The poet Richard Hugo once told me he wanted a Mercedes-- powder blue. I scoffed, then thought of his arthritic knees, blackened lungs, dysfunctional liver-- 30 years of cigarettes and booze. He'd fought the last World War, worked 15 years at Boeing; he deserved a nice ride. That was 40 years ago. Today I bought a BMW, titanium paint, xenon headlights, moonroof, 17 inch alloy wheels. What did I do to deserve this? Was I born at the right time, here in North America-- far from Al Qaeda's caves, mine-fields, hand-held missiles? Don't I deserve to be scammed by the venal salesman whose boss pads the sticker with add-ons? Wouldn't you like to vandalize my car, gleaming in the driveway? Say you were Arabic, pious in your prayers to Allah, your country run by two-faced lackeys. Wouldn't you love to fly to America, all expenses paid, to place a plastic explosive beneath the wheel of my car and watch it blow on the nightly news me in it?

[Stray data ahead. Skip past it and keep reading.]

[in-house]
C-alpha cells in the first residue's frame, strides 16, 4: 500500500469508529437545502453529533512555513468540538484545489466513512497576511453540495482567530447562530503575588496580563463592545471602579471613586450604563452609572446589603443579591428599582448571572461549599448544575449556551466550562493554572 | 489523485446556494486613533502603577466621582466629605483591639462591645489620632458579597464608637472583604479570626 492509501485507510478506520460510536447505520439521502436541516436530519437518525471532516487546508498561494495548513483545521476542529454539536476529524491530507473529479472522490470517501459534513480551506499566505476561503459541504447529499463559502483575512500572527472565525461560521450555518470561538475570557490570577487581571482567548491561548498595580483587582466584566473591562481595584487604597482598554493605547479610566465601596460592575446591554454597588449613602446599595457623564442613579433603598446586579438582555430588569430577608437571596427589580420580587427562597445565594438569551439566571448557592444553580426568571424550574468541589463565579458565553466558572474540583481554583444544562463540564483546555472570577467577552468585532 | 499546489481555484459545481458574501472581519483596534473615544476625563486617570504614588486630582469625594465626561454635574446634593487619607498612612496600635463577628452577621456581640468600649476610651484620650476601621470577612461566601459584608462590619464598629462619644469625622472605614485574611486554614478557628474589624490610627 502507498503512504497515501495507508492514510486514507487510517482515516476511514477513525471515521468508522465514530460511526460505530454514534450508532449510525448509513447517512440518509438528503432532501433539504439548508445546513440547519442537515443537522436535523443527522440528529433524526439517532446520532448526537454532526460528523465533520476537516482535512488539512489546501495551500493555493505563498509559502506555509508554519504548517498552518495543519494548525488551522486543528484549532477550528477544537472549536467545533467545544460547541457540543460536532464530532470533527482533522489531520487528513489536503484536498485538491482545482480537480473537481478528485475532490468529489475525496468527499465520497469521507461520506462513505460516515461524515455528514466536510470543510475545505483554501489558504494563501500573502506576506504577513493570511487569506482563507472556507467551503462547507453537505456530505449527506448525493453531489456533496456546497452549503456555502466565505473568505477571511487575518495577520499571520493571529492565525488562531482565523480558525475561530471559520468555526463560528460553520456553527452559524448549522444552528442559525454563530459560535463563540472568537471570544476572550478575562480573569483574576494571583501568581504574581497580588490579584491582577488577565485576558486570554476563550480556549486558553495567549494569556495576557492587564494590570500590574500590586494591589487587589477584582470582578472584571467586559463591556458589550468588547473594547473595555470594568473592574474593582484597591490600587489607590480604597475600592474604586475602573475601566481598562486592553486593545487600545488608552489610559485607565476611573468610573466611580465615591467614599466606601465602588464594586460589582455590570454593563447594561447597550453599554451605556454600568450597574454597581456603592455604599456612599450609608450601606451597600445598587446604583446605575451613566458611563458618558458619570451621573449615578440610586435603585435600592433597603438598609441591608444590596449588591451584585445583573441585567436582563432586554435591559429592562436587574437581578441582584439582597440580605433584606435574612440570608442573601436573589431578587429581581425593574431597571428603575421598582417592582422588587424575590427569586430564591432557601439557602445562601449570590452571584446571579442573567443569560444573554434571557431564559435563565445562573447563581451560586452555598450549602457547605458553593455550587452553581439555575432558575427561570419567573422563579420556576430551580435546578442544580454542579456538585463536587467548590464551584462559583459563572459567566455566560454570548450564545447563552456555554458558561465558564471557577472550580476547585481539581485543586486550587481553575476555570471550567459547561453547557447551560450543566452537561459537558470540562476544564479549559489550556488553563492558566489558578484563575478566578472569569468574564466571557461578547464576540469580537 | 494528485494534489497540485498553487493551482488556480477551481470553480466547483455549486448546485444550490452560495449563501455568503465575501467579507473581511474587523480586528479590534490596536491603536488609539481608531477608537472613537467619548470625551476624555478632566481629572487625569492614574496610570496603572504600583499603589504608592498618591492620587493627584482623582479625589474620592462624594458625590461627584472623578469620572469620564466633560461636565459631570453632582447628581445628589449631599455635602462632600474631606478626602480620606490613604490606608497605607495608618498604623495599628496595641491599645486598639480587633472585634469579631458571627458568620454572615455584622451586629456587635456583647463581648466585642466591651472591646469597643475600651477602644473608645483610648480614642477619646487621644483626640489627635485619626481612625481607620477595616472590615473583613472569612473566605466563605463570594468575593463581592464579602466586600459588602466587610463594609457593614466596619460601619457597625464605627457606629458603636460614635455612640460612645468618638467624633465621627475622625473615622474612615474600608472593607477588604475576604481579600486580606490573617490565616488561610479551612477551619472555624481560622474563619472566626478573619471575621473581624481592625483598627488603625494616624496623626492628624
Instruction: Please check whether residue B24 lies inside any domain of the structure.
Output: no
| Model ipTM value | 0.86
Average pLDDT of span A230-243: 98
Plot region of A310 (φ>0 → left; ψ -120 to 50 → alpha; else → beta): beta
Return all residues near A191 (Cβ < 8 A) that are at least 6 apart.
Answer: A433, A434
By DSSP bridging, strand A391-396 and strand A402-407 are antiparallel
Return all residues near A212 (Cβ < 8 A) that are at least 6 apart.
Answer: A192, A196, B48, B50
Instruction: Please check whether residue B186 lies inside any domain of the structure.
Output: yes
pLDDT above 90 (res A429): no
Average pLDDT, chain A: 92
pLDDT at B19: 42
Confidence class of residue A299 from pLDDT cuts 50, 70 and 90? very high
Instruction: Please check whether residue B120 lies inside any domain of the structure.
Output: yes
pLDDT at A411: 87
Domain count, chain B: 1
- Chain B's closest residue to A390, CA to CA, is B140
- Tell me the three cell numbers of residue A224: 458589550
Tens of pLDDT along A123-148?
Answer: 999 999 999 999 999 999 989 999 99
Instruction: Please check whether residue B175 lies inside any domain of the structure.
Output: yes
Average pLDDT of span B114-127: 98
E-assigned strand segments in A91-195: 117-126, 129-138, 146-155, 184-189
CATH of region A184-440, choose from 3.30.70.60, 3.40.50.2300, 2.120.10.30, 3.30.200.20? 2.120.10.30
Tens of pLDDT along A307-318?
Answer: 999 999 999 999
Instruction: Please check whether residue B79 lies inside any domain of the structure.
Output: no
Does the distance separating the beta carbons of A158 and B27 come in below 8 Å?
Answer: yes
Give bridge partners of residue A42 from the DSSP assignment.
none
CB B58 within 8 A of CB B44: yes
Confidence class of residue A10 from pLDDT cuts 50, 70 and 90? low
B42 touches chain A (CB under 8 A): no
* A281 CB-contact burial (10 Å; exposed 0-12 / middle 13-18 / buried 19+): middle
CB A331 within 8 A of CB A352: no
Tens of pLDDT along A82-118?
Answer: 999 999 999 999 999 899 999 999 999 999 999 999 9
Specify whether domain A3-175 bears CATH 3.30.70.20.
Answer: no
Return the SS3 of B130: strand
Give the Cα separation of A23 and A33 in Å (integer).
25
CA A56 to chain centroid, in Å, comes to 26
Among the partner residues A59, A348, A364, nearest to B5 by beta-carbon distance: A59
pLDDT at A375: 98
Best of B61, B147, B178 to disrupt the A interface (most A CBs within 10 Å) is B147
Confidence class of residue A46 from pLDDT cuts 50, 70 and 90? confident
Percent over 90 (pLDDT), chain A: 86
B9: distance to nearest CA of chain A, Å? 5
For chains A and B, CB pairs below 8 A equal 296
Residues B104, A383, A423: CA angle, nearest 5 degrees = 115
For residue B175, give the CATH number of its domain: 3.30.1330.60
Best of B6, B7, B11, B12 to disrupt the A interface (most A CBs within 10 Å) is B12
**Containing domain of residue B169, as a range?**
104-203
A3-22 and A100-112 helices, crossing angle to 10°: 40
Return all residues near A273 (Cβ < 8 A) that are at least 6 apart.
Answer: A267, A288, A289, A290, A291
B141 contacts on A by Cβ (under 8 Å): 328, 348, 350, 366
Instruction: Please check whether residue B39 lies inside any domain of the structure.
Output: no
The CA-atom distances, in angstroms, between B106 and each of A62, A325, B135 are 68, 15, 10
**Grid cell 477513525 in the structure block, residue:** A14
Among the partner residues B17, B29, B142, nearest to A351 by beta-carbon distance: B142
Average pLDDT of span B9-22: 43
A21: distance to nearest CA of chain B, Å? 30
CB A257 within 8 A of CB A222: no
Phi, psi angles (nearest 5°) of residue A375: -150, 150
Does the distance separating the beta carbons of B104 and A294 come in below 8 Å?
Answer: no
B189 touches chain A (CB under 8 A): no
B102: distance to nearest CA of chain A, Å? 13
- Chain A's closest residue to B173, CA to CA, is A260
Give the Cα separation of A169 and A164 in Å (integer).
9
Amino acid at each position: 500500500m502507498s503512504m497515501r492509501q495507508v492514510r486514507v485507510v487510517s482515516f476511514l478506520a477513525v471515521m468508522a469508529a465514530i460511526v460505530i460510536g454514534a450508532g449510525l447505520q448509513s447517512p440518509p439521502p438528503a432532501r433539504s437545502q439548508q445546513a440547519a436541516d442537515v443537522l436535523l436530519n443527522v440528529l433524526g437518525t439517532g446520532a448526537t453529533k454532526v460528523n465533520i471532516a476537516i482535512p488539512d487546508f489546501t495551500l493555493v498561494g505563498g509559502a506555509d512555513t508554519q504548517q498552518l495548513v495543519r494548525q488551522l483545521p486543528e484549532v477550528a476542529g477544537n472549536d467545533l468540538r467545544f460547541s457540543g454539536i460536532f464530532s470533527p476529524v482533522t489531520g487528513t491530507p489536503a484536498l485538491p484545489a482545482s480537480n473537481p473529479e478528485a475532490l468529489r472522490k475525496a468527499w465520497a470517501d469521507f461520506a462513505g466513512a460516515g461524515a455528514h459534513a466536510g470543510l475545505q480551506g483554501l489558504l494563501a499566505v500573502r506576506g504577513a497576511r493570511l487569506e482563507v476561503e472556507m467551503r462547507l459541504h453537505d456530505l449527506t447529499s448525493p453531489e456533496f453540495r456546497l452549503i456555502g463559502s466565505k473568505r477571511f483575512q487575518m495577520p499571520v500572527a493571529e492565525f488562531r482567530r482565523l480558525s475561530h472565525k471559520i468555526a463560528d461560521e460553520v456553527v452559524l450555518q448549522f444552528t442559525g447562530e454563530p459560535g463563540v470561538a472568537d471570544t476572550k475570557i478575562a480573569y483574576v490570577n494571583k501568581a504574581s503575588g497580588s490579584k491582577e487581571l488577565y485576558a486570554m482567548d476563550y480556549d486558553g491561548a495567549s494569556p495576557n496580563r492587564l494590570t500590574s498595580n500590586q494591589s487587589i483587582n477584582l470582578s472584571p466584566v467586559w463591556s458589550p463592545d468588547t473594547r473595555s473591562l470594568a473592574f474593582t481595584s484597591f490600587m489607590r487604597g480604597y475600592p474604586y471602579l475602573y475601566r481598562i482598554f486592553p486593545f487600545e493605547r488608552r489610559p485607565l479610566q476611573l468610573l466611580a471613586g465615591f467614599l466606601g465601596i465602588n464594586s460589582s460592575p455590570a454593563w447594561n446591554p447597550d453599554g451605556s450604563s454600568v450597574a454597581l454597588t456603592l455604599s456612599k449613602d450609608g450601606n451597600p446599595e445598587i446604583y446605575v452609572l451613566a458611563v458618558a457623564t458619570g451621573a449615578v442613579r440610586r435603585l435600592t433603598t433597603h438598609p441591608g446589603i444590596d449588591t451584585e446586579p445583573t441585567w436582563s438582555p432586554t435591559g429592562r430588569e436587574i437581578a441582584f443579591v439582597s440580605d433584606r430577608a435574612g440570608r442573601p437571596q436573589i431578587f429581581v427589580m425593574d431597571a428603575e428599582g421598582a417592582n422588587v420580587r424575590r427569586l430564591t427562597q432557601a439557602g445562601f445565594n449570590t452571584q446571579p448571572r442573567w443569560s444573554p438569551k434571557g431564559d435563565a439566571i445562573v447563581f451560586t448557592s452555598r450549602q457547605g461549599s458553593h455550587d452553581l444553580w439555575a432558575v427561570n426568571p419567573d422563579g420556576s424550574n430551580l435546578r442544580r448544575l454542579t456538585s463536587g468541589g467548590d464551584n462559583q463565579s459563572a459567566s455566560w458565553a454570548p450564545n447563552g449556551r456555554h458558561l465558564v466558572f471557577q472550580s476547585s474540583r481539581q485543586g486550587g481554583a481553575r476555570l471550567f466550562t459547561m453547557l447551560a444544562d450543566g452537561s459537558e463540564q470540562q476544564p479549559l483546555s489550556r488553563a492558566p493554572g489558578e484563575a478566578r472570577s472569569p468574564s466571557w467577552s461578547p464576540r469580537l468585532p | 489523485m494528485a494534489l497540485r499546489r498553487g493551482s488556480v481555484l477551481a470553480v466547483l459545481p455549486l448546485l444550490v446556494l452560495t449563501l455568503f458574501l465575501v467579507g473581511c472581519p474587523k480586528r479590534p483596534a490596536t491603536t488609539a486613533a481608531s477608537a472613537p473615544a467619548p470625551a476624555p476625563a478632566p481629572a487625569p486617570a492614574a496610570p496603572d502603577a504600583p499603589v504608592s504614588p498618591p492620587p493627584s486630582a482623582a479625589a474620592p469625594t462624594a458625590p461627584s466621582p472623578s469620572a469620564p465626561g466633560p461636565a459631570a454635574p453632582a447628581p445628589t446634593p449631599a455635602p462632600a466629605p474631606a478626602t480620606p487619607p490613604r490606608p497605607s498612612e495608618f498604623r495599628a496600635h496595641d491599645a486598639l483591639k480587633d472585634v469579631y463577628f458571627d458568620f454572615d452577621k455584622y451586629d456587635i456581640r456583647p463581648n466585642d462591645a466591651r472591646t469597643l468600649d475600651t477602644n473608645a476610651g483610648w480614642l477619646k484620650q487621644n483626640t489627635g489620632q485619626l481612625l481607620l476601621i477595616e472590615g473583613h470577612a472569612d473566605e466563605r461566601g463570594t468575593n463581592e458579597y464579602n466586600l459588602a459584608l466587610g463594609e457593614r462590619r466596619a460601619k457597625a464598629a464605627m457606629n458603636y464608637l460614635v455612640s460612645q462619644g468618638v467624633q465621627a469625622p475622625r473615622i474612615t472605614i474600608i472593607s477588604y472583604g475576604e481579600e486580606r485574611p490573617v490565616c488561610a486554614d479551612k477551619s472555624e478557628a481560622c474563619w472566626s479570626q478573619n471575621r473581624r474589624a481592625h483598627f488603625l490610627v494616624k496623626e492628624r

Ed Meek is author of Luck, short stories, and Spy Pond, poems. Book critic for The Arts Fuse and Digboston.
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|Publication:||War, Literature & The Arts|
|Date:||Jan 1, 2018|
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